The boat is one of an estimated 25,000 damaged or destroyed by Superstorm Sandy.
"They range from waverunner-type personal watercraft to Hobie cats to pleasure craft like this cabin cruiser," says Dow Knight of AshBritt Disaster Recovery
AshBritt is one of the contractors the state of New Jersey has hired to salvage vessels sunk when Sandy hit. Because of wind and more sand on the bottom deposited by the storm, it's too shallow for the barge to get close enough to grab this particular boat. But there have been other successes.
"The one that's sitting on the barge right now was fully submerged," says salvage project manager Jim Rolette. "Only the antennas were showing and the divers had to go in and put the straps on and we pulled it up."
Many boats are still missing and unaccounted for. New Jersey State Police have created a database to reconnect owners with boats that are found. It could take years to find and retrieve them all. Marine surveyor Dave Christopher helps to locate missing vessels and assess the damage to them.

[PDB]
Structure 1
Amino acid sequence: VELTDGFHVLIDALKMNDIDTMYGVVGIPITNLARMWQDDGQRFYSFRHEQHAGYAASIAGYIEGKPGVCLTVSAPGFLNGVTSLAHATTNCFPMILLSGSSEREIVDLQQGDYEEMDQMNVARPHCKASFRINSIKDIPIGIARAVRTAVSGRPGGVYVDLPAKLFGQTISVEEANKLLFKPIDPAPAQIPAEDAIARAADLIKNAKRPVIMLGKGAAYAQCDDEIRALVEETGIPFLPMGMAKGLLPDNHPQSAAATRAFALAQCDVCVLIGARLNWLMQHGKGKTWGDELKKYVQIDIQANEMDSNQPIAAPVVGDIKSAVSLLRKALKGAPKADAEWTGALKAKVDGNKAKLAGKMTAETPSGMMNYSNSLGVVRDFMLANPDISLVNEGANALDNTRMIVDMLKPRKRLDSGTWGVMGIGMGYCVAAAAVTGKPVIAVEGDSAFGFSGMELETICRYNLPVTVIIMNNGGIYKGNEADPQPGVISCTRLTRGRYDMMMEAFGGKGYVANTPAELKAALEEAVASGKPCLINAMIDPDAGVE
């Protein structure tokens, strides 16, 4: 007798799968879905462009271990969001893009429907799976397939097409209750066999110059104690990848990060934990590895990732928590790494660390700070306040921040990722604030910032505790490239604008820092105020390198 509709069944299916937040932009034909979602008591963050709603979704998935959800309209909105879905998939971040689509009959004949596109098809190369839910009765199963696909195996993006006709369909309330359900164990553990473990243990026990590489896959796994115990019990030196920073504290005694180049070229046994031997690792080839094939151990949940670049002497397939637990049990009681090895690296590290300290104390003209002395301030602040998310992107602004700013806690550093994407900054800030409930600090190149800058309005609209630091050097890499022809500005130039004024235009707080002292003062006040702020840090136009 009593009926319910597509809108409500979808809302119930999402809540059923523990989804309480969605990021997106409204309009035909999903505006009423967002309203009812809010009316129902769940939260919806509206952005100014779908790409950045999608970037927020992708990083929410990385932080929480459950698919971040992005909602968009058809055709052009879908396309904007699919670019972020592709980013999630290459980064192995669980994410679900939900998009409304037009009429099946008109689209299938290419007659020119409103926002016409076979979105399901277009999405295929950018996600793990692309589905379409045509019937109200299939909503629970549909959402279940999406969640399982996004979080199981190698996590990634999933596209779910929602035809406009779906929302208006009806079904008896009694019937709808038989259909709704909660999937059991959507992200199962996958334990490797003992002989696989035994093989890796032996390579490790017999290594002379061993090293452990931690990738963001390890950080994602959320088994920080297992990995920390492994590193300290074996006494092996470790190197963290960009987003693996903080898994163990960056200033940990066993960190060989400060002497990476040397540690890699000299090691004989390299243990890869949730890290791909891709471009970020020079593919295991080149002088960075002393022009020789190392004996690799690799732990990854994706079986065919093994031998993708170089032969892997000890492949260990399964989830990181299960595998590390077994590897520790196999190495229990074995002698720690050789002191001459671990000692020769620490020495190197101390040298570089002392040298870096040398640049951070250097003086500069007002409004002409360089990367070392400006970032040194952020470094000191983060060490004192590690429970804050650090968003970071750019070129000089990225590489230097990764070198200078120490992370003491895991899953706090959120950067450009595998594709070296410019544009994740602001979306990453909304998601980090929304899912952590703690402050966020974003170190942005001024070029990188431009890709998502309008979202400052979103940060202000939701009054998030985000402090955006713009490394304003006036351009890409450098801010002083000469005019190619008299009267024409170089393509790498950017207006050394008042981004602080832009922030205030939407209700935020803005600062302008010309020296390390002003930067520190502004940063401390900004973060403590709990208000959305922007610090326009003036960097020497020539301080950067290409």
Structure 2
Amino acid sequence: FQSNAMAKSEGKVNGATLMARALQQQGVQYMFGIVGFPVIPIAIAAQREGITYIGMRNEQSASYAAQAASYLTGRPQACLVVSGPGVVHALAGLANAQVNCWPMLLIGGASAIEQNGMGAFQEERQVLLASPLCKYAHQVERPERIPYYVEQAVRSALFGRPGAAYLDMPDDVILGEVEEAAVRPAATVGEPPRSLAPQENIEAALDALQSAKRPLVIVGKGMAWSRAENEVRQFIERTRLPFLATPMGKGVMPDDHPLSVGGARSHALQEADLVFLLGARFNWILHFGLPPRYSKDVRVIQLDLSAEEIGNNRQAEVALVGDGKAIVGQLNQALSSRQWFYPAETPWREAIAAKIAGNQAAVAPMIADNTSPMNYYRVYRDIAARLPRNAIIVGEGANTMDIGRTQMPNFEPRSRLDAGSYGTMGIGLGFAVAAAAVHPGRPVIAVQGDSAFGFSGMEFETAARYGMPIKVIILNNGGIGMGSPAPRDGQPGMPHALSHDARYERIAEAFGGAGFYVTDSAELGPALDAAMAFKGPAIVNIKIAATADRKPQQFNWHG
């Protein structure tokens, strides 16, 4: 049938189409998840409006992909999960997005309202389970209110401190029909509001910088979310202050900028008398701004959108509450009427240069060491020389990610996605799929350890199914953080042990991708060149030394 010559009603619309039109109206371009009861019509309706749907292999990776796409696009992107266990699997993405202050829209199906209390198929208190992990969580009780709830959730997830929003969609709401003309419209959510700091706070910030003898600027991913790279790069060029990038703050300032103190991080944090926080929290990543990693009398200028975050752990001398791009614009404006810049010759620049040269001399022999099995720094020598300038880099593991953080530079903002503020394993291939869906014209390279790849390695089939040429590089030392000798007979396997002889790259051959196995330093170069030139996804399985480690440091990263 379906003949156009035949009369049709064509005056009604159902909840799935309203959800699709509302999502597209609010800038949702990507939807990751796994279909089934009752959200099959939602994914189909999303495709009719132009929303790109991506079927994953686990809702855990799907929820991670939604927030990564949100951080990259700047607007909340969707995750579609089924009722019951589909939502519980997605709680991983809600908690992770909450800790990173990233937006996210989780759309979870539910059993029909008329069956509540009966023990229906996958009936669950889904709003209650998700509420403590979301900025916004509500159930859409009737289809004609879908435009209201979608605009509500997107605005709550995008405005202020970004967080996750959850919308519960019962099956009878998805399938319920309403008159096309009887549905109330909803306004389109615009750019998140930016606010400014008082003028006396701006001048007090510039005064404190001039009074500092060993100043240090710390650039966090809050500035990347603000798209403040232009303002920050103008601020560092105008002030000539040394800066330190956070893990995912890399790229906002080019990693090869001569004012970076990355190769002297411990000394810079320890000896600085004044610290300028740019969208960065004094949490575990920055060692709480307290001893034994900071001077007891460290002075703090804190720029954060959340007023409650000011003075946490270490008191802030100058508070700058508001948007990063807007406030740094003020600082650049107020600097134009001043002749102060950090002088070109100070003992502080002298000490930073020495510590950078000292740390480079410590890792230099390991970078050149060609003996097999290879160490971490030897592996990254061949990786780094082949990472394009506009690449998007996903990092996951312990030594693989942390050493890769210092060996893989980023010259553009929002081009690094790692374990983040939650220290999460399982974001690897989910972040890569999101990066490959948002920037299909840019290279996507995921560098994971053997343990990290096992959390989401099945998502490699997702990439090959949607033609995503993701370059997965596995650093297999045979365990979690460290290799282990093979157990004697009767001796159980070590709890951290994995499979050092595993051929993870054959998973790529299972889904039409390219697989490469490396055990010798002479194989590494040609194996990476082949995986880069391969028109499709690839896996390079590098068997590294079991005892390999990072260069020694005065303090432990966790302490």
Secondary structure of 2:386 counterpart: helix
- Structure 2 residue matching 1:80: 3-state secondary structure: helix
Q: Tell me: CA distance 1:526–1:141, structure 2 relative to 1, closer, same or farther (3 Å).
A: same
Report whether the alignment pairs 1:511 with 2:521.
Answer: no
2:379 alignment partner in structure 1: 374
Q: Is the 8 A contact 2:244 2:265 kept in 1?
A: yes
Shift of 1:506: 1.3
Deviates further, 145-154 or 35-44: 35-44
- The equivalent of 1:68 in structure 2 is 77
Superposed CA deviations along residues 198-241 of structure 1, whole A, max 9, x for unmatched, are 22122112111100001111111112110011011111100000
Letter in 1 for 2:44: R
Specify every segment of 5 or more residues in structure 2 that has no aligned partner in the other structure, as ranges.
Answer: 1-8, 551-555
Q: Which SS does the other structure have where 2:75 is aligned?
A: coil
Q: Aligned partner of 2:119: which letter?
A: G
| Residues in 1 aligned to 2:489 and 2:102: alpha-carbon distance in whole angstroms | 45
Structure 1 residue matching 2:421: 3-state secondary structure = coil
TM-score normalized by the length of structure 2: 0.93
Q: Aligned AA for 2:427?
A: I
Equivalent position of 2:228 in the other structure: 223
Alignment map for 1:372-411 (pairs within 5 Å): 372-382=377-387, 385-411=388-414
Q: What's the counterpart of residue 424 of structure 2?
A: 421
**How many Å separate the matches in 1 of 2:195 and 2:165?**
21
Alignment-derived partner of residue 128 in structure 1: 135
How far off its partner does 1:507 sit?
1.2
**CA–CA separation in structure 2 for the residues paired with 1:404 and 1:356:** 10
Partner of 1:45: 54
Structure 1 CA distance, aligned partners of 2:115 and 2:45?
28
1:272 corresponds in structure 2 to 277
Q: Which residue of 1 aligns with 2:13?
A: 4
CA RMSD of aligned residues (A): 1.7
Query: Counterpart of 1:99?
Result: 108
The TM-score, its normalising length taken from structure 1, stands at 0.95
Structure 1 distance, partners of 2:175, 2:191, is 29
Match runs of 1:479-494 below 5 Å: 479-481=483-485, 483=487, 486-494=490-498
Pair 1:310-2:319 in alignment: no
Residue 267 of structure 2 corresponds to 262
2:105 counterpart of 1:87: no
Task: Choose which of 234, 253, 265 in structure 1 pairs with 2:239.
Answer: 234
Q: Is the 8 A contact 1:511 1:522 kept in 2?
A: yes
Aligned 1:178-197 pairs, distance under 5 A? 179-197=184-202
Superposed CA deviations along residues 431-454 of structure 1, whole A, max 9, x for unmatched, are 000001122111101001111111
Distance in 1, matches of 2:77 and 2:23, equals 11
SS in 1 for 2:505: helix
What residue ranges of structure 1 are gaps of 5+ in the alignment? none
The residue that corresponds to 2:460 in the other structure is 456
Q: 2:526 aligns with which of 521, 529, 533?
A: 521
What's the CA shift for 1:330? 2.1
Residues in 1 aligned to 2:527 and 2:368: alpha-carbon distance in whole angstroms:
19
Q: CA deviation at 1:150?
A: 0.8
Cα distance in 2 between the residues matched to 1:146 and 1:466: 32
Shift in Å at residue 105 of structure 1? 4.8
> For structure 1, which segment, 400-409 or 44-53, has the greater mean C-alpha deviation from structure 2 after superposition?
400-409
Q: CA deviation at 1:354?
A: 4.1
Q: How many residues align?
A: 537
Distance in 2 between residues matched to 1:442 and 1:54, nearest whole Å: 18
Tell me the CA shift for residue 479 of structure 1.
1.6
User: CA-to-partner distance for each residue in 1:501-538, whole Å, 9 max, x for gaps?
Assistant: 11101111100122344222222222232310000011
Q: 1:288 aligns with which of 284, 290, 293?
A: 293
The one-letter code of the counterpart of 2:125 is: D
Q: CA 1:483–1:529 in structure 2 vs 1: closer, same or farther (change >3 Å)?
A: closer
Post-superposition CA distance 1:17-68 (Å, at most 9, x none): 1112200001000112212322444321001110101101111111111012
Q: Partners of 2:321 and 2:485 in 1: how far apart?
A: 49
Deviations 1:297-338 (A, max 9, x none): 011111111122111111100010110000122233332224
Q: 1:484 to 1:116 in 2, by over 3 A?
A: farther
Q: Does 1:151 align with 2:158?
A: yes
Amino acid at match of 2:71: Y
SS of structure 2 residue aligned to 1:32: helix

"We can hopefully get these boats back to their rightful owners so they can either get an insurance claim put in or remedy it however they need to remedy it," Dave Christopher, a marine surveyor on the project told Action News.
It's what's left under the water that has state officials and boaters so concerned.
"Houses, boats, cars, trucks, that's what they've been pulling out," says Phil Galioto of Toms River, New Jersey.
Untold amounts of debris from docks, yards, and just about anywhere, is now sitting at the bottom of lagoons and waterways across the shore, posing a danger to boaters and a challenge to state officials who have to clean it up before it's really safe to put boats back in the water again this summer.